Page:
Teenagers showing us how it's done

Like many girls out there, my thirteen-year-old daughter has always had dance lessons. Over the years she has experienced a few different dance studios; some of them seemed good, while others seemed like their only objective was to suck more money out of my wallet. Last year she asked if she could switch to a dance school called called Zion Studios. Although logistically this was going to be trickier for her mother and me as it’s located on the other side of town, she put her cute face on and convinced us that this would be ‘best for her dancing development’.

Due to the small studio size at Zion, parents are discouraged from attending every lesson to watch, so the first real opportunity for me to see whether the change in dance schools had been worthwhile was at the end-of-term performance. My daughter’s support crew consisting of her family and friends arrived at the performance hall to an atmosphere of chaos. There were teenagers running around uncontrollably, too many people in the waiting area meaning we had to wait outside, and opening time had already been delayed. I was starting to think that this could be a long night, but at least Zion was only charging five dollars for this pleasurable experience. 

Twenty minutes after the scheduled start time the doors opened and there was a rush to get a good seat. My expectations were dropping by the minute and I was already looking at my watch concerned about how long this might take. Finally everyone was seated and the lights dropped. My previous experiences with dance recitals had given me the following impressions: the young kids are cute; it’s great to see your own kid perform; after that I just want to get home. But when a young, baggy clothes-wearing, street-sounding kid hit the stage, I knew I was in for something different, that magic was about to start.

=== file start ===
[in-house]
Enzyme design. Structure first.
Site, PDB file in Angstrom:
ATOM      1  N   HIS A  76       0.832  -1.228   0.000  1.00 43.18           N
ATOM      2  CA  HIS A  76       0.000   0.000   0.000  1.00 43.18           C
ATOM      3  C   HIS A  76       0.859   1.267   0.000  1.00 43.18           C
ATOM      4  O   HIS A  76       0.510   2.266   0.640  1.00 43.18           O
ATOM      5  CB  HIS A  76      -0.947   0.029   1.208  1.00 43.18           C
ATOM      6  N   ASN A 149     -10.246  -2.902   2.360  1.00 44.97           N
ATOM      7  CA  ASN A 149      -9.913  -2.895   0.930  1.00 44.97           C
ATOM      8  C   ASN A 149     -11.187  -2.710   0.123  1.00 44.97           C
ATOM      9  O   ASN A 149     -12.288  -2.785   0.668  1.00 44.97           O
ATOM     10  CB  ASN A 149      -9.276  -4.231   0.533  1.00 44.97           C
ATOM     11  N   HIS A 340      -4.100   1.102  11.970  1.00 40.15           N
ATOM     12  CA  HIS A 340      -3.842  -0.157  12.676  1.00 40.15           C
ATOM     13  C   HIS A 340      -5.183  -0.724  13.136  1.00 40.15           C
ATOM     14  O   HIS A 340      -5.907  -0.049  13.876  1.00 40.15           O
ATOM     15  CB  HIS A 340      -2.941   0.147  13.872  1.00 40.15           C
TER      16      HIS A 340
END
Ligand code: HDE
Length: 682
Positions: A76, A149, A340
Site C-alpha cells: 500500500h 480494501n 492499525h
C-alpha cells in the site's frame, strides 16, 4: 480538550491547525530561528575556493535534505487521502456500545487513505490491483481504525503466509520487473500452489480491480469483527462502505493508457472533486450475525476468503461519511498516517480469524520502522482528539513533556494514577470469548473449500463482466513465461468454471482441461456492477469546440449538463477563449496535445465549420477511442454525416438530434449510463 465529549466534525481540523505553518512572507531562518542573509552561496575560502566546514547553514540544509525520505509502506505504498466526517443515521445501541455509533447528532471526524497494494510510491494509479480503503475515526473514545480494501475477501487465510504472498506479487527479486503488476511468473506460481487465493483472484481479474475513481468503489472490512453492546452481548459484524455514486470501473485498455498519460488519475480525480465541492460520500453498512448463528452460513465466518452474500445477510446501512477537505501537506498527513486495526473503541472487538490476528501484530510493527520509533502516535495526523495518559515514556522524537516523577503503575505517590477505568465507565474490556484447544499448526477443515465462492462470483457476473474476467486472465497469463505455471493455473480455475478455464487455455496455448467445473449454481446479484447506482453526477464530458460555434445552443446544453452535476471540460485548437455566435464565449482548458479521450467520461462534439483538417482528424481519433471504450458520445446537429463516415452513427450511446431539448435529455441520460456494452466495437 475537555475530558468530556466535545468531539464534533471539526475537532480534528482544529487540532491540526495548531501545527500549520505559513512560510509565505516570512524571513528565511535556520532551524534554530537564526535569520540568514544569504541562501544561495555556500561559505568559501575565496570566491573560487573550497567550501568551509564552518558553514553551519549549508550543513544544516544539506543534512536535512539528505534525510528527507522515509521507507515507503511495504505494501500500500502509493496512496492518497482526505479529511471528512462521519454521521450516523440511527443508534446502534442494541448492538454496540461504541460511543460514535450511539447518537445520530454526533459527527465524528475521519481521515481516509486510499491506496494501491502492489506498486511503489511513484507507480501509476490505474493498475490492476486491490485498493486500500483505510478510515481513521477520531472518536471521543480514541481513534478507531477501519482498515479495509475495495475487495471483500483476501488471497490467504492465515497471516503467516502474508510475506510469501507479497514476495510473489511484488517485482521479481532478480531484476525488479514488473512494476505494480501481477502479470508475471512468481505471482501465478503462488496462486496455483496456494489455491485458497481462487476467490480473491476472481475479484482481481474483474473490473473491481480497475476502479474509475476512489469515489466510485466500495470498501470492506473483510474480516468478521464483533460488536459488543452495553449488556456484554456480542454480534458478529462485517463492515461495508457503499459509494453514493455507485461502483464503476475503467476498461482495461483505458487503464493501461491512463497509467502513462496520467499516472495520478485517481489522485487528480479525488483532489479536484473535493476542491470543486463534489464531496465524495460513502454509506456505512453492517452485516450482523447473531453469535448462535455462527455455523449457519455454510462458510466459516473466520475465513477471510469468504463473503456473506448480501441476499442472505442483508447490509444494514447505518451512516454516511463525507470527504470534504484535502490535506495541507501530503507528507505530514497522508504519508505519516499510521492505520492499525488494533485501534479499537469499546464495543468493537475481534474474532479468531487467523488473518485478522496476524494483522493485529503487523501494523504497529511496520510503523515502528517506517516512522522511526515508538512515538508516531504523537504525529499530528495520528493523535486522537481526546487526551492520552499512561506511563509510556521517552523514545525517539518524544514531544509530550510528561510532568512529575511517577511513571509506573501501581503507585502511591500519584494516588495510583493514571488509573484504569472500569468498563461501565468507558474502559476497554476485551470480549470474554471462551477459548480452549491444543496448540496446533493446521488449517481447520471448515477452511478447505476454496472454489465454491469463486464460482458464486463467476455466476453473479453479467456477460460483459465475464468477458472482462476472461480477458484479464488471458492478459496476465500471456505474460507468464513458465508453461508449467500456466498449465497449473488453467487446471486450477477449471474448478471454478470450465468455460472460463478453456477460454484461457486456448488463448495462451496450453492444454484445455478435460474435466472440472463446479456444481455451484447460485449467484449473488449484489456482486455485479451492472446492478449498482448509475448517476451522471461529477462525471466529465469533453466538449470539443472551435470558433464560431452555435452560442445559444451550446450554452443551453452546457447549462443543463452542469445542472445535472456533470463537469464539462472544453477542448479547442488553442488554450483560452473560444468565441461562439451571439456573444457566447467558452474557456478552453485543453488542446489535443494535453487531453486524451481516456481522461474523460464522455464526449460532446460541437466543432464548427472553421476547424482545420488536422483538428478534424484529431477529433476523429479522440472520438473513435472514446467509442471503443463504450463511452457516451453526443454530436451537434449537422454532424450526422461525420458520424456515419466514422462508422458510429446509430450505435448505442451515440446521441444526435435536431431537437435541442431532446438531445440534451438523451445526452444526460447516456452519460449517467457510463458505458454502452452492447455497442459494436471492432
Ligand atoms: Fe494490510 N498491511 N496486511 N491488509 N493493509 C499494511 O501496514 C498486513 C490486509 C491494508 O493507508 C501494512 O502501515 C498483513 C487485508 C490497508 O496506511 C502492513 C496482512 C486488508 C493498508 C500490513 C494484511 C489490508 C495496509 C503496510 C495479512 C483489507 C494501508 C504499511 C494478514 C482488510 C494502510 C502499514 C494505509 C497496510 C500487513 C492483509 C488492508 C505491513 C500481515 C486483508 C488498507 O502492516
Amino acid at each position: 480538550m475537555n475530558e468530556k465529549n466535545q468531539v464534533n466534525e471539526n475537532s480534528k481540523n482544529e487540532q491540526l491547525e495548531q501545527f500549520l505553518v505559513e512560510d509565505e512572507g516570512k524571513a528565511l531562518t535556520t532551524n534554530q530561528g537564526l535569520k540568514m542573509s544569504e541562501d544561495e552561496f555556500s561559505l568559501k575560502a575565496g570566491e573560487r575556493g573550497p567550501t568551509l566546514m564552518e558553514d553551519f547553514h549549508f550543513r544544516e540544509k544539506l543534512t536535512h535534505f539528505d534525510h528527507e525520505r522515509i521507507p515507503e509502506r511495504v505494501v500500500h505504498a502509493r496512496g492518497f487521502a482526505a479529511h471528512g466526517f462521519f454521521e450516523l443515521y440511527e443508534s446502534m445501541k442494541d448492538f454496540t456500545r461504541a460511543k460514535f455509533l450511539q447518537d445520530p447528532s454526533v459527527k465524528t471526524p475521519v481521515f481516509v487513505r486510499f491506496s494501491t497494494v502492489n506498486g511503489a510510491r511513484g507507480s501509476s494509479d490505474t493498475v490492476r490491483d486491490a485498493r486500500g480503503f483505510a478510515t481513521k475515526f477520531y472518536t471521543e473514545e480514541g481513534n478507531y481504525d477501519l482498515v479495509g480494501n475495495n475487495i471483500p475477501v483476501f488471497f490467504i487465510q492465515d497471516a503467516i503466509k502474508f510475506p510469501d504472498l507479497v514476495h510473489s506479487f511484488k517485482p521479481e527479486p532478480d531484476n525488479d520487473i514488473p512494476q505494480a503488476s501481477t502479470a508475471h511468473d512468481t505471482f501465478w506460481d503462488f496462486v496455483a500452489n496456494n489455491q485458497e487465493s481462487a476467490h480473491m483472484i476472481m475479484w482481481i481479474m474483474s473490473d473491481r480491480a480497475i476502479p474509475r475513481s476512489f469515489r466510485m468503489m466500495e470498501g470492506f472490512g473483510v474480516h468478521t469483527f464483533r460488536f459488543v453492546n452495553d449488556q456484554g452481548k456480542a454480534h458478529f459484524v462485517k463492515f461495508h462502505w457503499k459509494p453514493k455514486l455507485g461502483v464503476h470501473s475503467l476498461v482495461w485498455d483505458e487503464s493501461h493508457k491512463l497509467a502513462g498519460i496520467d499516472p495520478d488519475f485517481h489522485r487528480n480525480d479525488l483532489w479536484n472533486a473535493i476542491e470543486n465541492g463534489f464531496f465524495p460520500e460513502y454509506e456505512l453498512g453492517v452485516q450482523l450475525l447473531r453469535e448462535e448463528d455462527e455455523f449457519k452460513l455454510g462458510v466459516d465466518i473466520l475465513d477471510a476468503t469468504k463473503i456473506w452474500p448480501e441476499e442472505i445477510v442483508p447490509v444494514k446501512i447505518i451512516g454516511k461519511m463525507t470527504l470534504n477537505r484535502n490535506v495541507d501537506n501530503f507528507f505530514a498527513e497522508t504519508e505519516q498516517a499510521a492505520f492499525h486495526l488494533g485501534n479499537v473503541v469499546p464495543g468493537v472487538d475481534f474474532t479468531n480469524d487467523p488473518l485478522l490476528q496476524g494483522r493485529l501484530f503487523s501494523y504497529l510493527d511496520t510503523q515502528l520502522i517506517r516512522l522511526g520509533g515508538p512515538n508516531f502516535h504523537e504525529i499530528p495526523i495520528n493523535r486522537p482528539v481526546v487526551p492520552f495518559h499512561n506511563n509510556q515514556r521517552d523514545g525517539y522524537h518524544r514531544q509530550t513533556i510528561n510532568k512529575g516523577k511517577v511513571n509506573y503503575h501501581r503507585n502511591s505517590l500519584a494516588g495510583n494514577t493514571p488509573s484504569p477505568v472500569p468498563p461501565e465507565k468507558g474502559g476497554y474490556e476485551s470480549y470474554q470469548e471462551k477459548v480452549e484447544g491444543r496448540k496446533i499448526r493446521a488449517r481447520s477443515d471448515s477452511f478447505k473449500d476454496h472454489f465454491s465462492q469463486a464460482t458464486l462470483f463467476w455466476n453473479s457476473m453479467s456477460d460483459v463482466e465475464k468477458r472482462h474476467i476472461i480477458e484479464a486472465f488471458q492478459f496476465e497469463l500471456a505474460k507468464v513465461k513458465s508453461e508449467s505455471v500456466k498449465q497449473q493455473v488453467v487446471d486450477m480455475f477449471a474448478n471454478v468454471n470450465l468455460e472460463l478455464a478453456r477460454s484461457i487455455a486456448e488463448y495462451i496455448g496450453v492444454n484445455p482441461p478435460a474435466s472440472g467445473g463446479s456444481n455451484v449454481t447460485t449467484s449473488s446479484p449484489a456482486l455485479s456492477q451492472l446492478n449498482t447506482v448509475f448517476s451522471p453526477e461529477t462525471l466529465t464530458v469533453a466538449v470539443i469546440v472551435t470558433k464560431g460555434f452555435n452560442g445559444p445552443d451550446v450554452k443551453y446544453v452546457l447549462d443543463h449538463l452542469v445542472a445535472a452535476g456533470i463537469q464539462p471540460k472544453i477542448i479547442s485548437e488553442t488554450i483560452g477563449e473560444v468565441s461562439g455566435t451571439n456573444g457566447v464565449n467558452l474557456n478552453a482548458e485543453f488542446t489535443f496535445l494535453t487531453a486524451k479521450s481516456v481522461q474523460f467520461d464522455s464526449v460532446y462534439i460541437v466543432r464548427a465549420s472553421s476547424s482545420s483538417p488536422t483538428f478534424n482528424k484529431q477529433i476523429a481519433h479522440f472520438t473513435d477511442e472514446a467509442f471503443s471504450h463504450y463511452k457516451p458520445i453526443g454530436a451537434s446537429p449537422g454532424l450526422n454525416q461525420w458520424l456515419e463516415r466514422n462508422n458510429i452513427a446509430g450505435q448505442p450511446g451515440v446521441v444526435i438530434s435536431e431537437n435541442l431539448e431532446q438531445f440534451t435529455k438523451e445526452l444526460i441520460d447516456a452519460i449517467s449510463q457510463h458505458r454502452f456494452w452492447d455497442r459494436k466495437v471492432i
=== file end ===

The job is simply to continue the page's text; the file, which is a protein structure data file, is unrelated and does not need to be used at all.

The next two hours flew by. This performance, arranged by a group of young people, had everything: energy, excitement, fun, and emotional expression. There was a huge feeling of support from everyone in the room, and there was even a dance-off between two parents (the skinny white guy had no chance)! Sure, there were some organizational aspects that Zion could work on, but it was amazing to see a bunch of young kids putting together a night of entertainment that promoted all the good things about dance movement and inspired all the kids involved. So this week I just wanted to say: Well done, Zion. You guys are showing us a way to create a love for movement in our younger generation. Keep it up!

Bevan Eyles